Kanye West released a new song called “Facts” this past week, slamming Nike, the sportswear giant, where his Yeezy sneakers got their start, before he jumped ship to adidas. The release of the song had every menswear site buzzing but one thing that has not been given any attention is the fact that the rapper includes a number of lines in his song that may give Nike standing to file suit. It seems clear – from the song and any number of West’s other rants – that he has a personal vendetta of sorts against the Portland, Oregon-based company (which according to insider reports gave him the boot in 2013), and we also know that Nike loves a good lawsuit. So, do we have a defamation lawsuit in the works?
Well, here are the legal facts. Defamation refers to the act of injuring another party’s reputation. It is basically a catch-all term for any untrue statement that hurts a party’s reputation, and embodies the two different civil wrongs of slander and libel. While slander refers to an oral or spoken statement, song lyrics are actually governed by the doctrine of libel, which covers written statements. Put very simply: in order to establish a claim of slander or libel, a plaintiff (the party who is alleging that his reputation has been injured) generally must show that the defendant made (1) a false statement of fact (not merely a statement of opinion); (2) to a third party (aka the defendant “published” the statement, in legal terms); (3) the statement was false; and (4) the statement actually injured the plaintiff. (I am going to spare you the per se and damages examinations).
Up until the release of “Facts,” it seemed as though Nike likely brushed off West’s claims about it as the unactionable byproducts of a crazed rapper. You may recall that when West took the stage in a Nashville 2013 concert, he shared the following with the crowd: “Do you know who the head of Nike is? His name is Mark Parker, and he just lost culture. Everyone at Nike, everyone at Nike, Mark Parker just let go of culture.” That’s not an actionable statement because its West’s opinion. He thinks he is one of the greatest sources of culture in the world, and so, by letting him go, Nike lost out. Clearly, this amounts to a statement of opinion.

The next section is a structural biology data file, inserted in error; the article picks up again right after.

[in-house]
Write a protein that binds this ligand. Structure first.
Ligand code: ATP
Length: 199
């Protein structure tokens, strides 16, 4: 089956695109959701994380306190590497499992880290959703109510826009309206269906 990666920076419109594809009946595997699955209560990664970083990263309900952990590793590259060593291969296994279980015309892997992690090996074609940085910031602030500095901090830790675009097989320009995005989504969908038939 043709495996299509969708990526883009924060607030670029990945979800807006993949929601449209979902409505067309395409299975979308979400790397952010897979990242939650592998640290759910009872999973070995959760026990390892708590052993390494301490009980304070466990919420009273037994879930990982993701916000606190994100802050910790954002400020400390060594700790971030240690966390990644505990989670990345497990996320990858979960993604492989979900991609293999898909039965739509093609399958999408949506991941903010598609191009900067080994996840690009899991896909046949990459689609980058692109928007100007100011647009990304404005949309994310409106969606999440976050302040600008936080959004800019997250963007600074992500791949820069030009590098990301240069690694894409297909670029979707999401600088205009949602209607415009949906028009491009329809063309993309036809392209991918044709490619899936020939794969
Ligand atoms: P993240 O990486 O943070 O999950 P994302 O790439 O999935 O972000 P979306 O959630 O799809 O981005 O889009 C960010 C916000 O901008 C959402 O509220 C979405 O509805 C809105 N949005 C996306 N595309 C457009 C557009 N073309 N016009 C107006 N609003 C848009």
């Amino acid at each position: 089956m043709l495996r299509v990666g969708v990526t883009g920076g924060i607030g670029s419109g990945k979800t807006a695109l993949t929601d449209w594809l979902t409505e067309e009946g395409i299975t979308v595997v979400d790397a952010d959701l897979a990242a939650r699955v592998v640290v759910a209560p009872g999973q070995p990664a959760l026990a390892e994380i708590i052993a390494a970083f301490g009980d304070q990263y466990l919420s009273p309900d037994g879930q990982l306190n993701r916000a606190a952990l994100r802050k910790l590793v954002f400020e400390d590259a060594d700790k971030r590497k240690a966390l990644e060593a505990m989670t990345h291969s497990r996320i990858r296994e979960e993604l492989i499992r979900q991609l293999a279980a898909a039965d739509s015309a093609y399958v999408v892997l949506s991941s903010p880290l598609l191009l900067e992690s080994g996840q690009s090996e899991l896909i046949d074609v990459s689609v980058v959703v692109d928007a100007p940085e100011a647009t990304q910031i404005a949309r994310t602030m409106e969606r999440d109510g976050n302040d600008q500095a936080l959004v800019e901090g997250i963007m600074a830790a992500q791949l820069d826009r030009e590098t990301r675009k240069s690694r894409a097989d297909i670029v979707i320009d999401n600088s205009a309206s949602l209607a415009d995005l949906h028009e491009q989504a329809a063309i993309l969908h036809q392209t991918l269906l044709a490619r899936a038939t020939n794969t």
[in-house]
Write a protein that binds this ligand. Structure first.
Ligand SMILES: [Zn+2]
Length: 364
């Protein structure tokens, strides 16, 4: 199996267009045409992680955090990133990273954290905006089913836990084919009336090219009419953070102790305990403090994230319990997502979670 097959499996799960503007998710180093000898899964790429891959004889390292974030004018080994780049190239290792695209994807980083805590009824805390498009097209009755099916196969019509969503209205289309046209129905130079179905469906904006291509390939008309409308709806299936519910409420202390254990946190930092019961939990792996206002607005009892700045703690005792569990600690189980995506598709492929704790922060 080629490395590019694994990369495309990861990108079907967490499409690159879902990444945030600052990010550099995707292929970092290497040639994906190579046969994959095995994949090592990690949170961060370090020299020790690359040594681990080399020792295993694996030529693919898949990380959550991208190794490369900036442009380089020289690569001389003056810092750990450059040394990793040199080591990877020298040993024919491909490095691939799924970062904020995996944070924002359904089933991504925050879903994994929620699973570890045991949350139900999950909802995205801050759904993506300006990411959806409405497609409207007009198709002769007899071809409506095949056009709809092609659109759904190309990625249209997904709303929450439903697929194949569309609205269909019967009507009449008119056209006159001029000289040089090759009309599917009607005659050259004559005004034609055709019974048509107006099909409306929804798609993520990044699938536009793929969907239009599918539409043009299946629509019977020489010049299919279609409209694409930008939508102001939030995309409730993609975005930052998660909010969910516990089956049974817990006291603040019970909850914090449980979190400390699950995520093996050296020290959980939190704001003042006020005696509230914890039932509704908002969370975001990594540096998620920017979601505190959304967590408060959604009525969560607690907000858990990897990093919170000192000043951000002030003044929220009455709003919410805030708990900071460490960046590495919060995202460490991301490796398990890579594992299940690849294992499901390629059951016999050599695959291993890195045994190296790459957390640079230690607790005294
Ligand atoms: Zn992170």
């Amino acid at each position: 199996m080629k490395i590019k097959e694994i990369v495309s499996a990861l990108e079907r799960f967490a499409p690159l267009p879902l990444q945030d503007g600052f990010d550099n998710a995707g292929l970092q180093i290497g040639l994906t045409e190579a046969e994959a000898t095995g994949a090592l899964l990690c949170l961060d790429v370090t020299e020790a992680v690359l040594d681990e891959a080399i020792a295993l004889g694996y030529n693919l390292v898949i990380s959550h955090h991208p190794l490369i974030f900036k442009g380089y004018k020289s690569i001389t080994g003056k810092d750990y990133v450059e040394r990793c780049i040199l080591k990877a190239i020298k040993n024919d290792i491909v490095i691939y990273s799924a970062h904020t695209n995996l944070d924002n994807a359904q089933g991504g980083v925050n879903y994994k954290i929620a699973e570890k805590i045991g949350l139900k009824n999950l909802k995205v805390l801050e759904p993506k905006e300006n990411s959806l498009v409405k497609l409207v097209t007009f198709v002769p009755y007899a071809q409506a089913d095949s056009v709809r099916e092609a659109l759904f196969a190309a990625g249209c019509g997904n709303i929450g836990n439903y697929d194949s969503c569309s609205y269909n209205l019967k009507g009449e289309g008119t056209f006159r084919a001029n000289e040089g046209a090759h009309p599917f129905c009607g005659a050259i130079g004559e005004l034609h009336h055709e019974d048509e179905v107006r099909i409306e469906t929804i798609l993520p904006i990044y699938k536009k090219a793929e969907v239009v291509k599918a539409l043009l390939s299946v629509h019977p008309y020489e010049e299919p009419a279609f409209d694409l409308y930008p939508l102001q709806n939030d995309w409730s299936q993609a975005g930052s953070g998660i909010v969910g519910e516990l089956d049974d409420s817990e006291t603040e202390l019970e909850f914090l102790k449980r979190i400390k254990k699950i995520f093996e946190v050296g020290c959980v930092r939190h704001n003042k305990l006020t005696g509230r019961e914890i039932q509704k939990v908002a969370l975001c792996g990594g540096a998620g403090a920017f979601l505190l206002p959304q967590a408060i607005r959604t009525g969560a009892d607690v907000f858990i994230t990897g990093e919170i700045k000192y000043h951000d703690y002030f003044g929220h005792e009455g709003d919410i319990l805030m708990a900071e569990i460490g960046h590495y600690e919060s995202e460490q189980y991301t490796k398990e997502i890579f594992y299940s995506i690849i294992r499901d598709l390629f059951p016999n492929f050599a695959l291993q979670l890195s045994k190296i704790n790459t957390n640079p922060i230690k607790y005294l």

In February 2015, West performed at Big Sean’s Yahoo! Live Concert, telling the crowd: “I just want to talk to Portland right quick. Everybody at the Nike office right quick. I ain’t going to talk too long, but I got to say something. Cause I know the execs are saying ‘Nike ain’t scared of Kanye West.’ Should Nike be scared of Kanye West?” As Rolling Stone noted, “When the opening notes of his song ‘New Slaves’ played, West added, ‘Y’all should thank Nike because they made me make these songs right here.’” Again, this would likely be construed as a non-actionable statement because it is opinion-based and likely didn’t cause Nike any damage.
Finally, in what may be the closest example to what may be actionable grounds for defamation, in January 2015, West appeared on Ellen DeGeneres’ television show, and spoke about his experience at Nike, in comparison to his current gig at adidas. As Quartz noted in an article, West told DeGeneres that he felt “suffocated” while working with Nike. He went on to state: “A lot of times people try to block your creativity, control you with money,” seemingly also referring to Nike.
This seems to somewhat closely mirror the claims that Nicolas Ghesquière made in an interview regarding Balenciaga on the heels of his decision to step down, which subsequently resulted in a lawsuit. These instances are different, however, as Balenciaga sued Ghesquière for breaching a separation agreement (in which Ghesquière agreed to refrain from making statements that would harm the house) and not defamation, in particular. It is worth noting, though, that even absent such an agreement, Balenciaga likely would have been able to sue for defamation based on these statements if it could show that such statements damaged the brand by way of the economic interests tied to its reputation.